When asked about the USS Carl Vinson's role in burying bin Laden, a military official would not confirm the ship's involvement. But Pentagon officials previously told ABC News and other news outlets that the 30-year-old naval vessel was indeed the ship responsible for transporting bin Laden's body to its burial, likely in the Indian Ocean.
In Islam, people are typically buried in the ground, without a casket, before the next of five daily prayer periods have taken place. The U.S. government apparently decided it was risky for bin Laden to have a known grave, lest it become a shrine to the world's best-known terrorist.
Officials said that, in accordance with Muslim law, bin Laden's burial at sea was conducted by a Muslim seaman, who recited the prayers and ensured that the body was washed and wrapped appropriately in cloth.
But this task was hardly the Vinson's only high-profile assignment. In the three decades since its launch in 1980, the ship has earned the nickname "America's favorite aircraft carrier." It has assisted with key military and humanitarian operations around the world.
The aircraft carrier, named for Democratic Rep. Carl Vinson of Georgia (1883-1981), was first commissioned on March 13, 1982. Vinson served more than 50 years in the House, and during World War II he became known as "the father of the two-ocean navy."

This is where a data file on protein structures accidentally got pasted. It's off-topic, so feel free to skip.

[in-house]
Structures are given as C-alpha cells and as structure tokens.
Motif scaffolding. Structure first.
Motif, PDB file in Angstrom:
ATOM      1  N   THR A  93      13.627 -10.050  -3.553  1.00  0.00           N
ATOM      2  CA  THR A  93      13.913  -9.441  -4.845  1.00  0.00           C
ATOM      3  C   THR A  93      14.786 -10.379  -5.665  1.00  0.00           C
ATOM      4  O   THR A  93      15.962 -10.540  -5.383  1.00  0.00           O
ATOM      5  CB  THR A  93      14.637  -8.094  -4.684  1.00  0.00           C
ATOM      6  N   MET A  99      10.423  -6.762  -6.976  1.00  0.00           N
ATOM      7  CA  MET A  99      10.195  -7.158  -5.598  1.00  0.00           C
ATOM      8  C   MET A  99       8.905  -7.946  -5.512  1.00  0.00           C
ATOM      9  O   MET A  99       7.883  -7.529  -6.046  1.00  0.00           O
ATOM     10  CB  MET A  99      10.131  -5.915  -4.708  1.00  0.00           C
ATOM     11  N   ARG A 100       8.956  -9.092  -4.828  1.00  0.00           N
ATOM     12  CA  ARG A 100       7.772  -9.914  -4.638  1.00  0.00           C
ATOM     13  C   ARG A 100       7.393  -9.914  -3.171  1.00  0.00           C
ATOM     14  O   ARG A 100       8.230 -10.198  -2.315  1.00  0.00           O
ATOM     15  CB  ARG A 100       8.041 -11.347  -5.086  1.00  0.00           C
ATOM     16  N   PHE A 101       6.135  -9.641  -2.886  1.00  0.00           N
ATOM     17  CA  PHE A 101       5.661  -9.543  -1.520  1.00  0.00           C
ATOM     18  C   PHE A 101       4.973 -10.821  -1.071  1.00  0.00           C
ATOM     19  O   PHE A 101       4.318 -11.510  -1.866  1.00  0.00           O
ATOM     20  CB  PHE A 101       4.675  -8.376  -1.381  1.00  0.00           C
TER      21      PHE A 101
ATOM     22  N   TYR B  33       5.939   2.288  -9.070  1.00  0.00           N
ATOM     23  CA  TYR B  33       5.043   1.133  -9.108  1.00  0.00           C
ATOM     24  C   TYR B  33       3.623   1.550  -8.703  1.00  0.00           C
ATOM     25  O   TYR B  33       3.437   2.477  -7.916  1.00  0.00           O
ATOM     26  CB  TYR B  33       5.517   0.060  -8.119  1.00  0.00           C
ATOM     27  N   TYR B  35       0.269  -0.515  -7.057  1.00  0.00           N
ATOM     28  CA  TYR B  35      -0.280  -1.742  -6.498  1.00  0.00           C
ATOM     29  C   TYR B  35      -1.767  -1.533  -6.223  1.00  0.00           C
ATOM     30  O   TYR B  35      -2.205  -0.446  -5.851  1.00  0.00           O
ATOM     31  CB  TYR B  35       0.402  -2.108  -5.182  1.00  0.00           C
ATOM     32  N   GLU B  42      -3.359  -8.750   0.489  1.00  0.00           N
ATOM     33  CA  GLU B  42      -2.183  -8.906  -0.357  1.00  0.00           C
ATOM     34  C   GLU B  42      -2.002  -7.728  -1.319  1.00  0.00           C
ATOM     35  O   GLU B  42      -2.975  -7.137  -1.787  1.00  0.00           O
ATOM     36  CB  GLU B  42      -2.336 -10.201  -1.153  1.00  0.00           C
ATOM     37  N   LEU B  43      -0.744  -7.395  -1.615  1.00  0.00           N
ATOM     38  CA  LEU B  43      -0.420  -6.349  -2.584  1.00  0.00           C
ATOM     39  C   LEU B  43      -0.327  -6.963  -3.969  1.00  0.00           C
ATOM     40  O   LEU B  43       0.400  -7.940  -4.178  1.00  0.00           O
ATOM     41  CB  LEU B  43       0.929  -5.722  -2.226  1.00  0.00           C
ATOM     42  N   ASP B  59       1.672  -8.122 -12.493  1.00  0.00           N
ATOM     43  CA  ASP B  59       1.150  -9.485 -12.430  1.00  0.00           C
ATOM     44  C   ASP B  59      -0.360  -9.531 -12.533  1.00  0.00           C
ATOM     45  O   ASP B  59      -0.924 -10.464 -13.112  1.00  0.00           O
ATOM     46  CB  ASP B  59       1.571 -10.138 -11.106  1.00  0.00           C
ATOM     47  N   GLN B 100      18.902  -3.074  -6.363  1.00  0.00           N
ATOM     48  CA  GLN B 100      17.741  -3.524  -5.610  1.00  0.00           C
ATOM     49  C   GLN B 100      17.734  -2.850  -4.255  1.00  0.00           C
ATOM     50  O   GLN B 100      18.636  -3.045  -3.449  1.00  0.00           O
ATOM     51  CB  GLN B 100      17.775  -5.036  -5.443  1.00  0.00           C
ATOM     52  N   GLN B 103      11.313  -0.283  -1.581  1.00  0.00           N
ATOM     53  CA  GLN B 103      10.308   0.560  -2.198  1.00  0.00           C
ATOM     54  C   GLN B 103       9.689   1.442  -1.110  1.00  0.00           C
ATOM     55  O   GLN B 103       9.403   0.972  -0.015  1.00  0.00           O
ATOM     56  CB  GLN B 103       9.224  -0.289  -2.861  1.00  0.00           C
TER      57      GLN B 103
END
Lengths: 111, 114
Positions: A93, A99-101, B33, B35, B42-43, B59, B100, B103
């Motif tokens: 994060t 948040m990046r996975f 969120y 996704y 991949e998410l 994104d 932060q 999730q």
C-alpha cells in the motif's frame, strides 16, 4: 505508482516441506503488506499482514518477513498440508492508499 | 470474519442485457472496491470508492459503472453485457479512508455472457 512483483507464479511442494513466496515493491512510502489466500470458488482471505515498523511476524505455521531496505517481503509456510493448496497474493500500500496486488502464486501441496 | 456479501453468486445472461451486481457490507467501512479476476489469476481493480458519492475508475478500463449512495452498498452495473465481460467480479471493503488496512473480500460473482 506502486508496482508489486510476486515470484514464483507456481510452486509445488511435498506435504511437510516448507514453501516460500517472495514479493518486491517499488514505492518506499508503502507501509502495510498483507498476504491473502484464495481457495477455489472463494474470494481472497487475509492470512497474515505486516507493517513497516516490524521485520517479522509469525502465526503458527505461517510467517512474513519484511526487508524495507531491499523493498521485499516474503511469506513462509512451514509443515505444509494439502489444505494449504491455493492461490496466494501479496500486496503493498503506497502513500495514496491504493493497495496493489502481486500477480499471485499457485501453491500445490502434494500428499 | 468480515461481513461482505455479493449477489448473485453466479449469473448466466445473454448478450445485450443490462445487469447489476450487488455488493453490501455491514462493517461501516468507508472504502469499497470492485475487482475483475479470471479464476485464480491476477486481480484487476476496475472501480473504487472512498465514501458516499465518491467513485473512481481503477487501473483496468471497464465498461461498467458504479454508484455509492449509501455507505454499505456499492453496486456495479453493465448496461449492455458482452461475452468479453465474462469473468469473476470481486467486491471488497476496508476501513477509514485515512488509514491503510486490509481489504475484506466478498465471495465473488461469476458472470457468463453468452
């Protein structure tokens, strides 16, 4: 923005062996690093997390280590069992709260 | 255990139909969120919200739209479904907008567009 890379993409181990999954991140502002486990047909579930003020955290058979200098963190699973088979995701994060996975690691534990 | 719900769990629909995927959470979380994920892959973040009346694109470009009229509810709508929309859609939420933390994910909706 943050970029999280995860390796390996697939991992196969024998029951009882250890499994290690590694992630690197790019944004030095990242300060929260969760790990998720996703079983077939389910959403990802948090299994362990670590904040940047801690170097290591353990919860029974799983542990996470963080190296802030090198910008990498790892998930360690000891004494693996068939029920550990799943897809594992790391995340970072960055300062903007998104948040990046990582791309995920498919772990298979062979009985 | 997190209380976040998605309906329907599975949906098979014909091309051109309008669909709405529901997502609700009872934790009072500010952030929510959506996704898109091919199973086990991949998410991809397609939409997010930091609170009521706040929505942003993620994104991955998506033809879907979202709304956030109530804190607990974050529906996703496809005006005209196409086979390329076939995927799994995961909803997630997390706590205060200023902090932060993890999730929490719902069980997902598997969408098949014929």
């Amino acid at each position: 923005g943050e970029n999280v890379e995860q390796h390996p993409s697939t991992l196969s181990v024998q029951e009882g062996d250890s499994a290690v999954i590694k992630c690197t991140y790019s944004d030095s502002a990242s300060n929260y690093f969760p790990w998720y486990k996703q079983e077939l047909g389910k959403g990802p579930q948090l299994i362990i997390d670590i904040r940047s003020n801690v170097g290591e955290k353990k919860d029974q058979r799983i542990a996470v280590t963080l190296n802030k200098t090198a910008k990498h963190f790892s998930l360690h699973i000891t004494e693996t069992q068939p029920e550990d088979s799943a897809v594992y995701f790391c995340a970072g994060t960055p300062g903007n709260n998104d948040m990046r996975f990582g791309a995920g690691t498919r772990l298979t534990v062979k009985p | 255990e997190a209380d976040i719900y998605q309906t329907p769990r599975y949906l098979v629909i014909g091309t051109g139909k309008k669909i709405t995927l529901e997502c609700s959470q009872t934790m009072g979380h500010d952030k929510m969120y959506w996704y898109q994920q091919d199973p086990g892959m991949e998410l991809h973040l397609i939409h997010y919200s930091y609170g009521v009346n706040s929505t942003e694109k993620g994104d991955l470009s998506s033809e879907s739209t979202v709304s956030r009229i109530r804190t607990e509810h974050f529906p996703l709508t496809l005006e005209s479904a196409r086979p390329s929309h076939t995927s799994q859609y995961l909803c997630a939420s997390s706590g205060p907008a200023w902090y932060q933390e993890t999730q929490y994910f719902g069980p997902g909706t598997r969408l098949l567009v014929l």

USS Carl Vinson's Motto: 'Strength from the Sea'
After several sea trials, the ship took off from Norfolk, Va., in 1983, for an eight-month world cruise, with a crew of nearly 6,000 sailors, the ship's website says.
In the decades since its inaugural cruise, the ship has continued to tour the world to support key military campaigns. In the 1990s, it launched air strikes in support of Operation Desert Fox and Operation Southern Watch in Iraq. After the September 11 attacks, the USS Carl Vinson moved to the North Arabian Sea, to launch the first strikes for Operation Enduring Freedom.
In January 2010, the aircraft carrier was sent to Port-au-Prince, Haiti, to assist disaster relief operations after the devastating earthquake.
The ship also goes by the nickname the "Gold Eagle" -- so called for the eagle prominently featured in its seal. The eagle, which is meant to be emblematic of the country, carries a banner displaying the Latin phrase, "Vis Per Mare," which means "Strength from the Sea" and is the ship's motto.
The USS Carl Vinson's Facebook page has nearly 28,000 "likes" but includes the warning "Loose Lips Sink Ships!"
"ANY discussion or speculation of the ship's location or anticipated inport dates before they're officially released may result in revocation of access to this page," the page's description says. "Remember, the bad guys DO follow our Facebook page too."